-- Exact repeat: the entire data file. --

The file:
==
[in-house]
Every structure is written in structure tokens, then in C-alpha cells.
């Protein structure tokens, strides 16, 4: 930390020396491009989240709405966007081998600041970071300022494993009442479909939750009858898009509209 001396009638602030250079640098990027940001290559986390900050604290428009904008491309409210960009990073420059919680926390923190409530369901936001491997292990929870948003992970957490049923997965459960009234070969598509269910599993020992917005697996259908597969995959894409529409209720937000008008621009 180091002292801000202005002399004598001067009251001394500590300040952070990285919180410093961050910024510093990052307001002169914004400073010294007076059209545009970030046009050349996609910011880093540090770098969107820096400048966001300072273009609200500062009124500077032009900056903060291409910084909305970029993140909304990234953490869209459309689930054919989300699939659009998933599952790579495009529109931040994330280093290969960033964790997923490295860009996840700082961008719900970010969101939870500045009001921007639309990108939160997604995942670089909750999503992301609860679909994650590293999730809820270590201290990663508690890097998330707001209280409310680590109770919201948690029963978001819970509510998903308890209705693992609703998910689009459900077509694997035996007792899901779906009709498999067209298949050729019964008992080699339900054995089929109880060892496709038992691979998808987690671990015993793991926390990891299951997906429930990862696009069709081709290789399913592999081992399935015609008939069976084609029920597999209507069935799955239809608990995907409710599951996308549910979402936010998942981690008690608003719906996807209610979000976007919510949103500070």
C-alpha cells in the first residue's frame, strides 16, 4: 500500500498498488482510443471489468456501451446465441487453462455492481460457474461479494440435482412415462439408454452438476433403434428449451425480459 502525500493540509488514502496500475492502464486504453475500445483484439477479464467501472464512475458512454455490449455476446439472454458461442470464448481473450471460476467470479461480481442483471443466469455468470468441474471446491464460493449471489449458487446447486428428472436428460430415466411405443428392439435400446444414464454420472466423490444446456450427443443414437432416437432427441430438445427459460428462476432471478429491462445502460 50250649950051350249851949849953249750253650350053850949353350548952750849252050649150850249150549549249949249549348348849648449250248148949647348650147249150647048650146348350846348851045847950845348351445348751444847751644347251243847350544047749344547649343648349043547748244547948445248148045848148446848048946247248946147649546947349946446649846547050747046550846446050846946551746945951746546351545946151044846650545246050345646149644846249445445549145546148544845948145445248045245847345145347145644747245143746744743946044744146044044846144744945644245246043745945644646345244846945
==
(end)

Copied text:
[in-house]
Every structure is written in structure tokens, then in C-alpha cells.
């Protein structure tokens, strides 16, 4: 930390020396491009989240709405966007081998600041970071300022494993009442479909939750009858898009509209 001396009638602030250079640098990027940001290559986390900050604290428009904008491309409210960009990073420059919680926390923190409530369901936001491997292990929870948003992970957490049923997965459960009234070969598509269910599993020992917005697996259908597969995959894409529409209720937000008008621009 180091002292801000202005002399004598001067009251001394500590300040952070990285919180410093961050910024510093990052307001002169914004400073010294007076059209545009970030046009050349996609910011880093540090770098969107820096400048966001300072273009609200500062009124500077032009900056903060291409910084909305970029993140909304990234953490869209459309689930054919989300699939659009998933599952790579495009529109931040994330280093290969960033964790997923490295860009996840700082961008719900970010969101939870500045009001921007639309990108939160997604995942670089909750999503992301609860679909994650590293999730809820270590201290990663508690890097998330707001209280409310680590109770919201948690029963978001819970509510998903308890209705693992609703998910689009459900077509694997035996007792899901779906009709498999067209298949050729019964008992080699339900054995089929109880060892496709038992691979998808987690671990015993793991926390990891299951997906429930990862696009069709081709290789399913592999081992399935015609008939069976084609029920597999209507069935799955239809608990995907409710599951996308549910979402936010998942981690008690608003719906996807209610979000976007919510949103500070």
C-alpha cells in the first residue's frame, strides 16, 4: 500500500498498488482510443471489468456501451446465441487453462455492481460457474461479494440435482412415462439408454452438476433403434428449451425480459 502525500493540509488514502496500475492502464486504453475500445483484439477479464467501472464512475458512454455490449455476446439472454458461442470464448481473450471460476467470479461480481442483471443466469455468470468441474471446491464460493449471489449458487446447486428428472436428460430415466411405443428392439435400446444414464454420472466423490444446456450427443443414437432416437432427441430438445427459460428462476432471478429491462445502460 50250649950051350249851949849953249750253650350053850949353350548952750849252050649150850249150549549249949249549348348849648449250248148949647348650147249150647048650146348350846348851045847950845348351445348751444847751644347251243847350544047749344547649343648349043547748244547948445248148045848148446848048946247248946147649546947349946446649846547050747046550846446050846946551746945951746546351545946151044846650545246050345646149644846249445445549145546148544845948145445248045245847345145347145644747245143746744743946044744146044044846144744945644245246043745945644646345244846945